Sunday, September 21, 2008
How Disney ended up in Central Florida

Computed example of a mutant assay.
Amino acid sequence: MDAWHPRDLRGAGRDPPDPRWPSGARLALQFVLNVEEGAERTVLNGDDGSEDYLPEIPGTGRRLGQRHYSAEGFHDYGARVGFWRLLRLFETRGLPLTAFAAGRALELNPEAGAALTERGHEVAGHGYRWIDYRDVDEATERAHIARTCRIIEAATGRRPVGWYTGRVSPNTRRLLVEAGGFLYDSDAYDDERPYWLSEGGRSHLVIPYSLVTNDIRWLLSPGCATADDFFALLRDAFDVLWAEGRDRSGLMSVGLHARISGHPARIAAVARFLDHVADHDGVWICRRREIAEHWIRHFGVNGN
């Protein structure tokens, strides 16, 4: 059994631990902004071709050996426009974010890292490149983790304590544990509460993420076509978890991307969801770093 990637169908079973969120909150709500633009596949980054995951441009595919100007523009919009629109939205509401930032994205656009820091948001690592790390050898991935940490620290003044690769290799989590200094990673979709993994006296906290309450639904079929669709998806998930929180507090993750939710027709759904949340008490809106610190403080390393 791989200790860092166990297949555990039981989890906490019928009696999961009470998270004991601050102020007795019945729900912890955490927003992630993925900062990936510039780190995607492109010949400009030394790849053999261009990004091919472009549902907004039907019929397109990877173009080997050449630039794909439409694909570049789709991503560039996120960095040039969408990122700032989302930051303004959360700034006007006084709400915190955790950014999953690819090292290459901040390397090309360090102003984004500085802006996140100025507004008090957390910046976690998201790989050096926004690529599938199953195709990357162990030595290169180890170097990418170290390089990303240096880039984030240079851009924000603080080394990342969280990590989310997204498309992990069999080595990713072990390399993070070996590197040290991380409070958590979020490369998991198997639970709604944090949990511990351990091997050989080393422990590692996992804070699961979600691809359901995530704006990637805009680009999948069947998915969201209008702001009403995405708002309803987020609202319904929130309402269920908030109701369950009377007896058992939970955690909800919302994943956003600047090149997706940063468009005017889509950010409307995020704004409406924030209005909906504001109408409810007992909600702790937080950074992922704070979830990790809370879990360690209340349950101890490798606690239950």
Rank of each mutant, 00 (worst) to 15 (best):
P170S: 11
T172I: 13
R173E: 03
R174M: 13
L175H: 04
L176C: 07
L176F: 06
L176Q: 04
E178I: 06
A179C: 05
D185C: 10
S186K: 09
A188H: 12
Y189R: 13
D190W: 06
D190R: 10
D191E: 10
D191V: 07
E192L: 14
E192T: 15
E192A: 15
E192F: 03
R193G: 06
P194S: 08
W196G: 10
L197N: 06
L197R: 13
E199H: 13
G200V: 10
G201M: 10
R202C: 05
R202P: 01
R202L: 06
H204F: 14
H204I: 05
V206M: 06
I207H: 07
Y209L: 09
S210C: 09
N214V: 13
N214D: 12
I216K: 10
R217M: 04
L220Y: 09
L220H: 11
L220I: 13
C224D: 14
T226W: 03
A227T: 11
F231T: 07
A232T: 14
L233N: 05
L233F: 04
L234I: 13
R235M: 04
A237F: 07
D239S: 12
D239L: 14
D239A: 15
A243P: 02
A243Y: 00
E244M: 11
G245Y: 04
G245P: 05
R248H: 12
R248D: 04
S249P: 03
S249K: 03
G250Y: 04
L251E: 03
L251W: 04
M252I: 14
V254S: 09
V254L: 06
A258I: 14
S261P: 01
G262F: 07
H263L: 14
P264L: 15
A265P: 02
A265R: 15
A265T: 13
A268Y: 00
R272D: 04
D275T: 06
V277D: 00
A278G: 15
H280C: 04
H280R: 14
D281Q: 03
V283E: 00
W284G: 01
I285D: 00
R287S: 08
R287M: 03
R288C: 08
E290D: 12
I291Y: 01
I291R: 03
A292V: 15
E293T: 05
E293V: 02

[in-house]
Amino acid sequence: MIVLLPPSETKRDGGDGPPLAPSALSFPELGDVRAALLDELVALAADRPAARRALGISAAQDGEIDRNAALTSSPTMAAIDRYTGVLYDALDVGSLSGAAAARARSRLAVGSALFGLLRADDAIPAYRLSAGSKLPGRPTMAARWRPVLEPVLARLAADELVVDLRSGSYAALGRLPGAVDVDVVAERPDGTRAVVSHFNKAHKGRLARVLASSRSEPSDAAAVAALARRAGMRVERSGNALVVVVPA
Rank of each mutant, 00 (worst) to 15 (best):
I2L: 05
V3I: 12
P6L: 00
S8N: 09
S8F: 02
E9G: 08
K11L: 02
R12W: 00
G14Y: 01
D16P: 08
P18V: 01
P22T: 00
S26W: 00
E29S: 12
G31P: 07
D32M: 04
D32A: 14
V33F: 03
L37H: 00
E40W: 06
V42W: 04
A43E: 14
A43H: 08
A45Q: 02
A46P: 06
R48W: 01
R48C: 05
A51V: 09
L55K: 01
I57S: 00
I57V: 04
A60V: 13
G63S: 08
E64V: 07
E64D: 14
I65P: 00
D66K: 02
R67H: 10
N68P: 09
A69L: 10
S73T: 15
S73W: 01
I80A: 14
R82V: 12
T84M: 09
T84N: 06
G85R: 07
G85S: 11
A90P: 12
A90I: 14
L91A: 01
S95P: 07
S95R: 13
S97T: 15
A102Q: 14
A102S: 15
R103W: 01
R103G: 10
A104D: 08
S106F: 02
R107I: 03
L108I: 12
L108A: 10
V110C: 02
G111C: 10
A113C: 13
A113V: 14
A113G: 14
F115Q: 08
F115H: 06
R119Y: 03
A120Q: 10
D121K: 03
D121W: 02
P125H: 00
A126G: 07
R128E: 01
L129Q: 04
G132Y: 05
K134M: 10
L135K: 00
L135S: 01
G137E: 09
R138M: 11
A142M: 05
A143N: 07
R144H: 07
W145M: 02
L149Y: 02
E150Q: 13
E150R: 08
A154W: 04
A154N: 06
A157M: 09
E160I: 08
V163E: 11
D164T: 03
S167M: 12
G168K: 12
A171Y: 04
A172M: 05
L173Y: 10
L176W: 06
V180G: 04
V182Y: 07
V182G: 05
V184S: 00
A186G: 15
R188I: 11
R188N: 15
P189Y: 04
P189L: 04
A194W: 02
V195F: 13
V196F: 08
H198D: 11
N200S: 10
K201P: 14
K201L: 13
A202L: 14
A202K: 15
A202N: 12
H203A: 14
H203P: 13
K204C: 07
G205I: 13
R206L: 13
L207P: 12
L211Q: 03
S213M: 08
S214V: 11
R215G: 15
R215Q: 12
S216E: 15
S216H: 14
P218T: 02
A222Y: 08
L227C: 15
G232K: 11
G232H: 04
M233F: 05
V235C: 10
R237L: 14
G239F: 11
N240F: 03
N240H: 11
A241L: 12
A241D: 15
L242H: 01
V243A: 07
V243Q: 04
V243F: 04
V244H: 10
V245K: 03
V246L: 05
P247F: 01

This week I began reading Richard Foglesong's book "Married to the Mouse." It chronicles how Disney came about choosing the site that it chose, how they went to such extreme measures to buy the land without letting the public know that they were the purchasers, how it effected Orlando's growth, and how it turned a citrus region into one of the most popular tourist destinations in the world. I also learned that before deciding on its current location in both Bay Lake and Buena Vista on what is now the Reedy Creek Improvement District, Disney actually considered Niagara Falls (both the US and Canadian side but opted out because they wouldn't be able to operate the park year-round), St. Louis (ended when local business insulted Walt), Palm Beach (not enough land to build on), New Orleans, the DC area (they later thought about purchasing a park in Northern Virginia but decided not to for numerous reasons), New Jersey, other sites in California, and Colorado. The main decisions for choosing the current location were because only two percent of all visitors to Disneyland were from the east coast while seventy-five percent of Americans lived east of the Mississippi, the chosen location enabled year-round operations, the amount of available land meant that Disney would not be confined to a small area like the California property, and most importantly, the site is located at the intersection of six major roadways (as of now), which would bring all people from the panhandle, the north and the rest of Florida all to Disney by car, it's in the center of Florida, and Orlando was preparing to convert McCoy Airfield into a new international airport. Since getting people to the park was one of the biggest concerns that Walt had and all of these factors, combined with the massive amount of available land really sold the deal for Disney.